Dr. Elise Barrella is an Assistant Professor of Engineering at James Madison University. Elise did her undergraduate work at Bucknell University and received her doctorate in civil engineering at Georgia Tech in 2012, focusing on sustainable transportation systems. Effective and innovative teaching has always been a priority for Dr. Barrella, receiving an award for Outstanding Graduate Instructor at Georgia Tech and continuing to explore and implement productive pedagogical techniques in her classroom. Elise has taken on lead roles related to activities that encourage young women to pursue engineering studies, particularly middle school students with programs such as Introduce a Girl to Engineering Day, Georgia Tech’s TEC Camp and Thomas Harrison Middle School STEM Explorations Academy. Through her affiliation with Georgia Tech ADVANCE, Dr. Barrella looks forward to fostering an environment at JMU that promotes success for women students and faculty.
2012 - Rachel Louis and Dr. Katerina Bagiata
Rachel Louis is a graduate student at Virginia Tech and plans to complete her PhD in engineering education in May 2013. Rachel was named a Dean’s Teaching Fellow (DTF) at Virginia Tech and serves as an ambassador of the Department of Engineering Education, promoting the department at local and national events. She is Secretary of ASEE's student chapter at Virginia Tech, and a Founding member of The Ohio State University's ASEE student chapter. As a master’s student in civil engineering at Ohio State, she received the Women in Engineering Leadership Award. Rachel has co-authored a number of publications, and looks forward to pursuing a career as a faculty member. She is particularly enthusiastic about teaching in a first-year engineering program.
Dr. Aikaterini (Katerina) Bagiati, PhD, is a postdoctoral associate at Massachusetts Institute of Technology. Katerina coordinates curriculum development for the SUTD-MIT International Design Centre (IDC) related to content and accreditation issues. The IDC is a joint research project of MIT and the Singapore University of Technology and Design (SUTD). About 200 to 300 IDC faculty researchers and students from both universities work together to address issues facing the world by revolutionizing research on design science, and by designing devices, systems and services. Katerina received her PhD in engineering education from Purdue University in 2011, and a Master of Science in advanced information and communication systems in electrical and computer engineering from Aristotle University of Thessaloniki in Greece. Her dissertation, journal articles and conference proceedings focus on STEM curriculum in early education. Katerina speaks five languages: Greek, English, German, Spanish and Italian.
2011 - Stephanie Claussen and Dr. Sara Atwood
Stephanie Claussen is a Ph.D. student at Stanford University and plans to complete her Ph.D. in Electrical Engineering in September 2011 with a Ph.D. minor in education. Stephanie has served as a teaching assistant in two quarters and co-taught a course in Summer 2010 as a teaching fellow. She has also received a National Science Foundation Graduate Research Fellowship. Stephanie and other P.D. students established a student chapter of ASEE at Stanford. She is currently Vice President of Records for the ASEE Student Chapter. Stephanie is a member of the Stanford Women in Electrical Engineering group and volunteers as a Big Sister to a first-year, female graduate student. She has also worked with the Stanford Optical Society of America student chapter, focusing on outreach by serving as the Outreach Chair.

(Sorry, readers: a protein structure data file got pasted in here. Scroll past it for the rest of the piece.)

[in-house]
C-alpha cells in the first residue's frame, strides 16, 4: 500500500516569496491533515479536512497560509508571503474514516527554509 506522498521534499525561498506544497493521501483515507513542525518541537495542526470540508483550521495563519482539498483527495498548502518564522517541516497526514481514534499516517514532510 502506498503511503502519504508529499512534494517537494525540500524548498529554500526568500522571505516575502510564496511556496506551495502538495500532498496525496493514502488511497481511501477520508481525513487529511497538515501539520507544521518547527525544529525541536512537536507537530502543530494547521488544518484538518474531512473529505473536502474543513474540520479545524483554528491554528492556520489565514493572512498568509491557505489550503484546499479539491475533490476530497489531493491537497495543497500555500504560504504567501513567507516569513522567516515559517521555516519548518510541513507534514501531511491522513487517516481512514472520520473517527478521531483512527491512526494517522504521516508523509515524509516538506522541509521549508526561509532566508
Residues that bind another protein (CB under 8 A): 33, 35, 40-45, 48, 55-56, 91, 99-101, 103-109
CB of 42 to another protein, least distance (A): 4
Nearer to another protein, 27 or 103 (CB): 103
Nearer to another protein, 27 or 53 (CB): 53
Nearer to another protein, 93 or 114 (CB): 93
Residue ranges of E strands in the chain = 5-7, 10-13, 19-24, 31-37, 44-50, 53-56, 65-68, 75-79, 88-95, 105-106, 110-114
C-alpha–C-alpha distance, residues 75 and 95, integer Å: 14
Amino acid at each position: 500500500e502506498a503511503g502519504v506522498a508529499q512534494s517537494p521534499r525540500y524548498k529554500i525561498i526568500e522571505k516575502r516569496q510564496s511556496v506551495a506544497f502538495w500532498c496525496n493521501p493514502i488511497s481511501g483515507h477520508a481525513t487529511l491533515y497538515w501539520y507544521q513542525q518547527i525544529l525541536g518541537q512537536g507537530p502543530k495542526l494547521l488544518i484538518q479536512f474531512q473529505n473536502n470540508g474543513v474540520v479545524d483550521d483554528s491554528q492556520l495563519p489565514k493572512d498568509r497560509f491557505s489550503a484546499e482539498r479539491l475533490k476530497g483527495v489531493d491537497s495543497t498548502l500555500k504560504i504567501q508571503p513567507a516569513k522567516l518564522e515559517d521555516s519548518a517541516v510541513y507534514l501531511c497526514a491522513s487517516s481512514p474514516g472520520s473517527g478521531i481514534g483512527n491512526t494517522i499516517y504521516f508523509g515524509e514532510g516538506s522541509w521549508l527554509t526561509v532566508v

Dr. Sara Atwood received her Ph.D. in Mechanical Engineering at UC Berkeley in May 2010 and is currently an assistant professor at Elizabethtown College. While at Berkeley, she was a graduate teaching assistant and received the Outstanding Graduate Student Instructor Award in 2009. She led workshops for new graduate student instructor training in 2008 and 2009 and was selected as a fellow in the Summer Institute For Preparing Future Faculty. Sara also coordinated an outreach program between undergraduates and the local children’s science museum to teach engineering concepts to the public community and served on the Berkeley ME Department Committee for Equity, Diversity, and Inclusion. In addition to her research in biomaterials, she has presented several engineering education papers at ASEE Conferences in the areas of student-faculty interaction, team learning styles, and K-12 outreach.
2010 - Dr. Kim Bigelow
Dr. Kim Bigelow received her Ph.D. from Ohio State University in 2008 and is currently an Assistant Professor in the Department of Mechanical and Aerospace Engineering at University of Dayton. She is the Director of the Biomechanical Engineering Laboratory and teaches courses in Engineering Experimentation, Freshmen Design, and Biomechanical Engineering. Her engineering education research interests include: Retention of Women and Minorities, Technical Communications, Use of Reflection to Enhance Student Learning, and Undergraduate Research Experiences. Kim has received grants from Motorola and NSF to develop engineering modules for middle school students and to provide instruction for middle school teachers.